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Know Your Tour! Stage 7: What's So Fun About Breakaways?


Today's entry in our daily Know Your Tour! series concerns an element of almost every race you see in the sport, save for the time trials. Breakaways make the first 200km of a 220km stage more interesting for everyone involved. But (or maybe because) they're an unbelievable amount of work... so why do they happen, and what goes on?

1. So You're Thinking of Breaking AwayKnow-your-tour_medium

Cyclists aren't stupid, they all know what the likelihood of success is for breakaways (1 in 10 maybe?), and yet they do them anyway. They join a bunch of guys who they may or may not really know to go on one of the hardest bike rides they'll ever do, putting pressure on the pedals for most of three or four or five hours at a pace sufficient to hold off a swarming horde behind them. They do this for a few reasons:

  • Heroism -- hey, some of them stay away, and for the guys involved it's something they'll remember for a long time. Ask Steven Cozza from Garmin-Transitions, an all-round rider who spent much of his first run over Paris-Roubaix in a doomed breakaway. Maybe deep down he knew they were doomed, but a part of him refused to give in. [Surely this kernel of belief is necessary to keep turning the pedals?] And even if he knew, he was on the front of the Queen of the Classics for a long while. Very cool.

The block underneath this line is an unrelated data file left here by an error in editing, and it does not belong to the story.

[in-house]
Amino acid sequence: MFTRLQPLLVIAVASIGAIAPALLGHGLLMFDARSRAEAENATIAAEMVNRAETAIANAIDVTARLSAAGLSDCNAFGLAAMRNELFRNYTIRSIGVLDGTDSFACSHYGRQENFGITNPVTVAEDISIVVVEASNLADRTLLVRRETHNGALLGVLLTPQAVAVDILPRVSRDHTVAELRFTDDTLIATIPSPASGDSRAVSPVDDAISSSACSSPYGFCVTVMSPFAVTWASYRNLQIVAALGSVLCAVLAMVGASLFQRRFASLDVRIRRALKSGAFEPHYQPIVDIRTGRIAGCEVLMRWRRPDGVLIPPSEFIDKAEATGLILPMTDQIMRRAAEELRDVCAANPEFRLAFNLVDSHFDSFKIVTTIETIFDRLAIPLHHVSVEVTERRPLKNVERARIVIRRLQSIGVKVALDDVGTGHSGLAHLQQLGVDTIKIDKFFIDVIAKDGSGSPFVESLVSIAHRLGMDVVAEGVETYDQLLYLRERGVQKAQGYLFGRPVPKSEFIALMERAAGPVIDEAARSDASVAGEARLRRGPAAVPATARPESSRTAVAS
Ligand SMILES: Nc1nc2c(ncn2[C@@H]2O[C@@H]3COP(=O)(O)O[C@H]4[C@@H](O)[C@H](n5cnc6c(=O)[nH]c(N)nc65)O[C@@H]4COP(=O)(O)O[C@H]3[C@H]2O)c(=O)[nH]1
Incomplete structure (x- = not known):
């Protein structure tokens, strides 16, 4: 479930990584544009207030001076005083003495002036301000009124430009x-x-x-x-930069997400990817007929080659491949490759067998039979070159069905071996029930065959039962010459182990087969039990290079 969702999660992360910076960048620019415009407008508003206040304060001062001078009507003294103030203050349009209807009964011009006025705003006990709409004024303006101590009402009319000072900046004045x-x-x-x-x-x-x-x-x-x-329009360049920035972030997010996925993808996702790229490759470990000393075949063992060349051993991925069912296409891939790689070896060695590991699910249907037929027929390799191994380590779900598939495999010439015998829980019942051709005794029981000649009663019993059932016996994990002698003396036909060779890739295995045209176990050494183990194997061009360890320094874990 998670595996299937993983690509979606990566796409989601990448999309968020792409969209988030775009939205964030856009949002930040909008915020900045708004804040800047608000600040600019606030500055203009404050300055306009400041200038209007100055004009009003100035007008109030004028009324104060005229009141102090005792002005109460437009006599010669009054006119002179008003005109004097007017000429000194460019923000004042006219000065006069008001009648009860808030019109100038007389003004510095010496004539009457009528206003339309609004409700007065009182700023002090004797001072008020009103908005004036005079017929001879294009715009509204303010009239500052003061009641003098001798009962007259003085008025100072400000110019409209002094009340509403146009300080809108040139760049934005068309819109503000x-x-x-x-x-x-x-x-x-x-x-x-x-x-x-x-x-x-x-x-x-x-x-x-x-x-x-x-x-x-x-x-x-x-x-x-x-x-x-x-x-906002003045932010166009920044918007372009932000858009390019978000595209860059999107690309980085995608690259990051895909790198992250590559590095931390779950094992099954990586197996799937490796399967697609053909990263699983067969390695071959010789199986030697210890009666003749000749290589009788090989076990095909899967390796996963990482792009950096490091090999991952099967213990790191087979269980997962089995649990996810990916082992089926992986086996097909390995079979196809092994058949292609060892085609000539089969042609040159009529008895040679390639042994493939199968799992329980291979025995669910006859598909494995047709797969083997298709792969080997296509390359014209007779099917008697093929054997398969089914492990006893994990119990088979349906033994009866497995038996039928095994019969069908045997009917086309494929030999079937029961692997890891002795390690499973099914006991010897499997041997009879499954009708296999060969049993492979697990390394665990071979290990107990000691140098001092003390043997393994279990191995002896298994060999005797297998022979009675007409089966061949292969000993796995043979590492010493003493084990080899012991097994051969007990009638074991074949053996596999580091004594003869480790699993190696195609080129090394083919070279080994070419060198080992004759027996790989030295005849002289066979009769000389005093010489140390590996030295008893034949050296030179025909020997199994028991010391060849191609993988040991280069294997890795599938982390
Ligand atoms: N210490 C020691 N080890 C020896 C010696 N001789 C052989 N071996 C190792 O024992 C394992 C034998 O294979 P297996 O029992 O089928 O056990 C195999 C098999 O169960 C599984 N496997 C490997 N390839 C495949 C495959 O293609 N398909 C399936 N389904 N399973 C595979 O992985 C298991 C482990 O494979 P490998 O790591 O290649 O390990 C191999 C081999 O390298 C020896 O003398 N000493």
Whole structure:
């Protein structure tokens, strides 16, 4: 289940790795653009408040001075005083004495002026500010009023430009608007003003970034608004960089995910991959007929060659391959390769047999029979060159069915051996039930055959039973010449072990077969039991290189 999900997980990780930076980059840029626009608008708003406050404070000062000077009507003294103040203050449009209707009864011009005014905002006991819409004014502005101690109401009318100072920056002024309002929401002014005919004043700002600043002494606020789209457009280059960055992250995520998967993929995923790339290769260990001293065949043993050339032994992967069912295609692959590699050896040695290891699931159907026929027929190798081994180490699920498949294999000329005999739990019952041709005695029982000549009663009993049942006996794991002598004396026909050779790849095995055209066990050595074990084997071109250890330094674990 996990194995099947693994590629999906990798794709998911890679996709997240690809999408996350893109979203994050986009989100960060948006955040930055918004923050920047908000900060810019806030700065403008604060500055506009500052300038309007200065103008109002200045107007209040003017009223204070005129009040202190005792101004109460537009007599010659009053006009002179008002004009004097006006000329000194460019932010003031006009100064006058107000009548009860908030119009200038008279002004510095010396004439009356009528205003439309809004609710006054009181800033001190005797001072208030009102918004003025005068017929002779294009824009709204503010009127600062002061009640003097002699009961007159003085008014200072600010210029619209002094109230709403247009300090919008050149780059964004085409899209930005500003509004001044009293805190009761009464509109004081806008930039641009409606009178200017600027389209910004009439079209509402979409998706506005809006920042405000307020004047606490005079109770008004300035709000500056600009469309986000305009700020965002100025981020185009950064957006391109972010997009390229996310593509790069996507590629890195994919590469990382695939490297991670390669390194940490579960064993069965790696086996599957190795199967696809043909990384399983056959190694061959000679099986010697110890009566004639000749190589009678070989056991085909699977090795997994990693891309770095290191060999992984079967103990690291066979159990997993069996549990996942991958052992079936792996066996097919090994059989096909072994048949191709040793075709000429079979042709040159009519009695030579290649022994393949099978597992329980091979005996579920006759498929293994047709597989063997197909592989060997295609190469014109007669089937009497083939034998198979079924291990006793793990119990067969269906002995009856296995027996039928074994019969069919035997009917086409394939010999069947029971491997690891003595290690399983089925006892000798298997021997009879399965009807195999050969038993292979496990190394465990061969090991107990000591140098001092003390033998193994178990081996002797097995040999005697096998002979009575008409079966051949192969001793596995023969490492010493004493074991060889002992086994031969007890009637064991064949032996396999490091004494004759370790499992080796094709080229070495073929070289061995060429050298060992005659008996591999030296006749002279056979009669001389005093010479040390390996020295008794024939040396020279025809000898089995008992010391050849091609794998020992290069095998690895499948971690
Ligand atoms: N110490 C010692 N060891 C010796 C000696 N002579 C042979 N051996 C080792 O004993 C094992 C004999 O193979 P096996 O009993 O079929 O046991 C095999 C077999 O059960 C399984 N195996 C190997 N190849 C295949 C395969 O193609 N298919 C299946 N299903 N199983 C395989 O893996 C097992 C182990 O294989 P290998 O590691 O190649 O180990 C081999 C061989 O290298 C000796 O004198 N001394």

• Permission -- Got nothing else to do? I.e. not resting for a mountains attack? Don't have a teammate aiming for yellow who needs your help? And do you have permission from your team to go? Then sure, what the heck. Three weeks is a long time if you're not having any fun.
  • Exposure -- Neither riders nor their sponsors can afford to be anonymous. The whole point of sponsorship is to get your name mentioned enough that it starts to benefit your business. As for the riders, hiding quietly in the pack might sound alluring, but after the top level of riders most guys ride without tremendous contractual security. Hitting a breakaway is a good way to get noticed, either by your present bosses or by your next ones.

2. Can I Go Now?

Breakaways have a certain character to them in the flat and transitional stages (if not quite the mountain stages where different strategic interests come into play). On the flat stages, breakaways are basically set free with the tacit approval of the peloton, as long as they don't contain anyone who poses a threat to a major classification. In other words, no top sprinters, no yellow jersey contenders. [Remember Lance Armstrong joining a break when he was mad at Filippo Simeoni? Lance wouldn't drop back unless Simeoni did too, meaning the field would have to chase them, so Simeoni was rather rudely disinvited to stay.] Mountain Jersey points seekers are allowed to take off, however, so if you have your eye on the coolest-looking jersey in Cycling, the peloton won't look after your interests. Get going.